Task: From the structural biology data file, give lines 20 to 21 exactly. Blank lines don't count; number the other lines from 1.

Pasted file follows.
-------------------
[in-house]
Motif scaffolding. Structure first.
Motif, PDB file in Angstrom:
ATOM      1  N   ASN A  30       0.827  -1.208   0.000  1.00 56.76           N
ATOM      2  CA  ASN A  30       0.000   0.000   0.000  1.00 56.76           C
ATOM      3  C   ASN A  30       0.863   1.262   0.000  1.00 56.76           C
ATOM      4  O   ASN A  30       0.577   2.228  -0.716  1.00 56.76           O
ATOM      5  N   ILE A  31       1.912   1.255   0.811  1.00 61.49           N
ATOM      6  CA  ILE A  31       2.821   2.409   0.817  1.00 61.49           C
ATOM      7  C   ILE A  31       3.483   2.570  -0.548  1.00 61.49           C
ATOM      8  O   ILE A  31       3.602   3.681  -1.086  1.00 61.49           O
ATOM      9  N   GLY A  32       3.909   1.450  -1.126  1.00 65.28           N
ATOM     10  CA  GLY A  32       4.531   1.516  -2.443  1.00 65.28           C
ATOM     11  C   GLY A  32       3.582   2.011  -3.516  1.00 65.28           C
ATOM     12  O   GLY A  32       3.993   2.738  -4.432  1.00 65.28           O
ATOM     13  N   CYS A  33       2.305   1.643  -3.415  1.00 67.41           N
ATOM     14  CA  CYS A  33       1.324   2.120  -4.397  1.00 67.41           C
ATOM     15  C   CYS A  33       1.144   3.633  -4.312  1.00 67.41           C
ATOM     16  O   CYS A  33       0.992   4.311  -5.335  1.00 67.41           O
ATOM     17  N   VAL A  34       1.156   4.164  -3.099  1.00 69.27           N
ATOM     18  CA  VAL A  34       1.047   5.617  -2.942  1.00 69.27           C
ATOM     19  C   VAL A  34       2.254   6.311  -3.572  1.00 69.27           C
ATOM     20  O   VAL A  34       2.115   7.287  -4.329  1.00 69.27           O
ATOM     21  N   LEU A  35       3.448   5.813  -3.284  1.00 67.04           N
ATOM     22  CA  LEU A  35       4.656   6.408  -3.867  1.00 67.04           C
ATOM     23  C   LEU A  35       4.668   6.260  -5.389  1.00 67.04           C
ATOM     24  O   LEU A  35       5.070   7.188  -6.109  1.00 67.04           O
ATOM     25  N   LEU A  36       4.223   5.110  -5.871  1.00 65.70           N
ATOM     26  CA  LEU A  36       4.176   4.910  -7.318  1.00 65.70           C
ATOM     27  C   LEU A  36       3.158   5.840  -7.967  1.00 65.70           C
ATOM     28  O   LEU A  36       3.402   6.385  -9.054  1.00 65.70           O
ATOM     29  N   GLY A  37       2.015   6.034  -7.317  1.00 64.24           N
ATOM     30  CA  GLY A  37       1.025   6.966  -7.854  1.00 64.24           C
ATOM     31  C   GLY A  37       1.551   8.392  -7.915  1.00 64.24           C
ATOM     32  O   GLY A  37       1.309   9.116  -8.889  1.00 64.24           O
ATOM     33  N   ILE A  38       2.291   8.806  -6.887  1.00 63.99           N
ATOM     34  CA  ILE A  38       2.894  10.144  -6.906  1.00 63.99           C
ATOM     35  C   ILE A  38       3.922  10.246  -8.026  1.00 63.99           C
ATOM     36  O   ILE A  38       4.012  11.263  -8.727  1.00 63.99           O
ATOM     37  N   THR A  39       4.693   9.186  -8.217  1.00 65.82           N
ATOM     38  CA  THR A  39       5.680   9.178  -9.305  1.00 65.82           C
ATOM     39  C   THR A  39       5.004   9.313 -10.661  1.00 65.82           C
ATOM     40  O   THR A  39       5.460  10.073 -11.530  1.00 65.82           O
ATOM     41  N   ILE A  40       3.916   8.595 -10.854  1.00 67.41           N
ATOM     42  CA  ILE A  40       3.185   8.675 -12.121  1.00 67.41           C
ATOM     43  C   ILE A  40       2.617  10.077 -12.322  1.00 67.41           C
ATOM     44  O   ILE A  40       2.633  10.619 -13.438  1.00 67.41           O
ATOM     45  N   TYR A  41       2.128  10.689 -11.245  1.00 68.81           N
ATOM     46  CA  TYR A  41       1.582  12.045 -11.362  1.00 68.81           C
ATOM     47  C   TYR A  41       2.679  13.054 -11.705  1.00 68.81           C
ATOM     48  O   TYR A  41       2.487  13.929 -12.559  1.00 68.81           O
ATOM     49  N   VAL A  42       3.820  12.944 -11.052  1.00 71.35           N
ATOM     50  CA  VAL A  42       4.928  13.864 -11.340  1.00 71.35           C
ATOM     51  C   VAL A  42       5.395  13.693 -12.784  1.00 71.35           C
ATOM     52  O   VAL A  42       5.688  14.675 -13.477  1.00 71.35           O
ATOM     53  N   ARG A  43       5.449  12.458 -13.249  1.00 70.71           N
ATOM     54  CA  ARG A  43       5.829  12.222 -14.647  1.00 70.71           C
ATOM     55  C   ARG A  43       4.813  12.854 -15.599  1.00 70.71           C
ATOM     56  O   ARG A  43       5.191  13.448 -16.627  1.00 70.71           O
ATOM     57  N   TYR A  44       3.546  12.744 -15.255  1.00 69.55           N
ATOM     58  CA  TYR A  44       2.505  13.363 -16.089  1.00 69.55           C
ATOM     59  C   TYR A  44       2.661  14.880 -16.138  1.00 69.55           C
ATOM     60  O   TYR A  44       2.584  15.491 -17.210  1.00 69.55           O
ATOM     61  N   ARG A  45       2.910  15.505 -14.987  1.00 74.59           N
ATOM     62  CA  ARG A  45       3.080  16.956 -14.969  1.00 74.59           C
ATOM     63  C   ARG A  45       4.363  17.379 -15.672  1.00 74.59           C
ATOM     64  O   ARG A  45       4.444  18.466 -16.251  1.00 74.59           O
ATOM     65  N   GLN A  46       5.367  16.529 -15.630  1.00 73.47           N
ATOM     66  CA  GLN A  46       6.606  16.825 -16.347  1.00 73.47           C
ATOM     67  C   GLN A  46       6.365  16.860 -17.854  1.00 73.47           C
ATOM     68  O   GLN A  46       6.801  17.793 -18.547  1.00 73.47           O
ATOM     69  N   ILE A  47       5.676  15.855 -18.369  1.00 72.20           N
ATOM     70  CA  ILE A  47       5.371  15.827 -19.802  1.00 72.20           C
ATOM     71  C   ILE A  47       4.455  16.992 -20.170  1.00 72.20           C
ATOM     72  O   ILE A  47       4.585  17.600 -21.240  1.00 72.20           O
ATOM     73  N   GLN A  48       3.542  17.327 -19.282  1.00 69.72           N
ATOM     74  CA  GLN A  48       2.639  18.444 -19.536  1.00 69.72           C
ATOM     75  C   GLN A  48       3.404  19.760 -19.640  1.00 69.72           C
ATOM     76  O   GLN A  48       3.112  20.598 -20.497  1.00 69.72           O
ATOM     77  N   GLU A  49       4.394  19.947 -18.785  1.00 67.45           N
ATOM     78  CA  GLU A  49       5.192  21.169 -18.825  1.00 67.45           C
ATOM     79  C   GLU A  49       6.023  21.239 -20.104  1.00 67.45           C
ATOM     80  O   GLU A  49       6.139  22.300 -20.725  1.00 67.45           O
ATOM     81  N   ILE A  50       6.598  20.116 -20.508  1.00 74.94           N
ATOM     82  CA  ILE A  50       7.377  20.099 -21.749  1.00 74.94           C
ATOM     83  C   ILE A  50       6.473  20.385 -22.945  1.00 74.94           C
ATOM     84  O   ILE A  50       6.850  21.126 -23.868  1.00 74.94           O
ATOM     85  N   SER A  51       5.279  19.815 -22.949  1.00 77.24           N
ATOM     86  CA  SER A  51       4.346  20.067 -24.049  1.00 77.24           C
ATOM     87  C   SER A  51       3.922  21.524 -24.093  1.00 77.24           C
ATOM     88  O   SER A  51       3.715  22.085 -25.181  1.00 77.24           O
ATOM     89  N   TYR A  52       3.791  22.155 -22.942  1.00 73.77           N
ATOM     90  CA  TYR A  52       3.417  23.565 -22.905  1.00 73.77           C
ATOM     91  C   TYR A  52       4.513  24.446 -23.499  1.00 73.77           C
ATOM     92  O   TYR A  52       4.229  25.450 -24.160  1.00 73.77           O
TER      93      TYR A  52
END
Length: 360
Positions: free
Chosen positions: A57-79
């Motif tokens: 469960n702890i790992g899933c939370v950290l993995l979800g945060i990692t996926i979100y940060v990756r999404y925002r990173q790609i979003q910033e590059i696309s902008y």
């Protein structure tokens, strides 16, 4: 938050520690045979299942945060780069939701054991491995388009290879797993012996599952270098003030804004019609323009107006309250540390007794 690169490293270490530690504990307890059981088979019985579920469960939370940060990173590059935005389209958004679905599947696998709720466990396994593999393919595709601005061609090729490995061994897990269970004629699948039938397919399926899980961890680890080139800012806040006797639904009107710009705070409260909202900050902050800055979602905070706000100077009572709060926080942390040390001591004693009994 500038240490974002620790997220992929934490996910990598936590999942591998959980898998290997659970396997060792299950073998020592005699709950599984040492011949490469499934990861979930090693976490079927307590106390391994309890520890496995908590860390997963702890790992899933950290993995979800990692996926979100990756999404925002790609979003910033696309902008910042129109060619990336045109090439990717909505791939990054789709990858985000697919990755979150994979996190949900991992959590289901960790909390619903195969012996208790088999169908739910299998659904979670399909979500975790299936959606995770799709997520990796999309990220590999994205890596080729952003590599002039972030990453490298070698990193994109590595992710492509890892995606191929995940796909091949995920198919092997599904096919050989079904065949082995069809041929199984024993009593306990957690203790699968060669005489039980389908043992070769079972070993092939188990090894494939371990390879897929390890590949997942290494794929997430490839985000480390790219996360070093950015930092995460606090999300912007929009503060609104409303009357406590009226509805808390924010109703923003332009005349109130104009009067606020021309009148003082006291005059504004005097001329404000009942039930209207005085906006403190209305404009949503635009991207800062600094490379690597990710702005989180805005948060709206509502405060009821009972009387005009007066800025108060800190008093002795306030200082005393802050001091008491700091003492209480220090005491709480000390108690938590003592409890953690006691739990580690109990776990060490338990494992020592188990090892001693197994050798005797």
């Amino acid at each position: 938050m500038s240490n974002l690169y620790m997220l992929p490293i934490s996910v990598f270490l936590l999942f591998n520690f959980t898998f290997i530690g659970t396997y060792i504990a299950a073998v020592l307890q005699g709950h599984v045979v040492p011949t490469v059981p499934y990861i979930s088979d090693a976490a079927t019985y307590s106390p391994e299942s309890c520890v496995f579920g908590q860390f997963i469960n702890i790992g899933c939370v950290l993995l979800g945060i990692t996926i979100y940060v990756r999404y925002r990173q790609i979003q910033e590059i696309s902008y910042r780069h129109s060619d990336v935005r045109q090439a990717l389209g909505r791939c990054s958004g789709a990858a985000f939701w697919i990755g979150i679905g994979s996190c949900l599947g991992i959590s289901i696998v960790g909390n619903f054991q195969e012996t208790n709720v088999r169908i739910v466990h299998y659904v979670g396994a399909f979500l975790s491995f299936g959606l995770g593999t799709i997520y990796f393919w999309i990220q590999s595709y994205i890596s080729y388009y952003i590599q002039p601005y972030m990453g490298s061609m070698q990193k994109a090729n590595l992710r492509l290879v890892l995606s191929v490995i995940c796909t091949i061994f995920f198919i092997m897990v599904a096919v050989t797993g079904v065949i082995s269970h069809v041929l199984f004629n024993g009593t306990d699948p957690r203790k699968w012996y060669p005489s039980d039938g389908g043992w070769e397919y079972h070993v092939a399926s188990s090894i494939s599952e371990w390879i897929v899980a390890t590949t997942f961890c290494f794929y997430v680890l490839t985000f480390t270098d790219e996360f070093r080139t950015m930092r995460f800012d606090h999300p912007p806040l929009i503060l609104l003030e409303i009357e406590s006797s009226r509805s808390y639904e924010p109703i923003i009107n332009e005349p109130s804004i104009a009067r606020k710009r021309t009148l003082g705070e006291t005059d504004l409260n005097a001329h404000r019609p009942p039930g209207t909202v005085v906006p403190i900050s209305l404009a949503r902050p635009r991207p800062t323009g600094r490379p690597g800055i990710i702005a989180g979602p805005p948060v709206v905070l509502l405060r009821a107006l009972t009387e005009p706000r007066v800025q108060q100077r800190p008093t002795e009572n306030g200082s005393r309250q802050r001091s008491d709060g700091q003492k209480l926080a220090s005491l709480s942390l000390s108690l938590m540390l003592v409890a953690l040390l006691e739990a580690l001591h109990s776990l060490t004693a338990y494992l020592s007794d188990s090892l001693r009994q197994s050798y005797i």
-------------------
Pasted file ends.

ATOM     17  N   VAL A  34       1.156   4.164  -3.099  1.00 69.27           N
ATOM     18  CA  VAL A  34       1.047   5.617  -2.942  1.00 69.27           C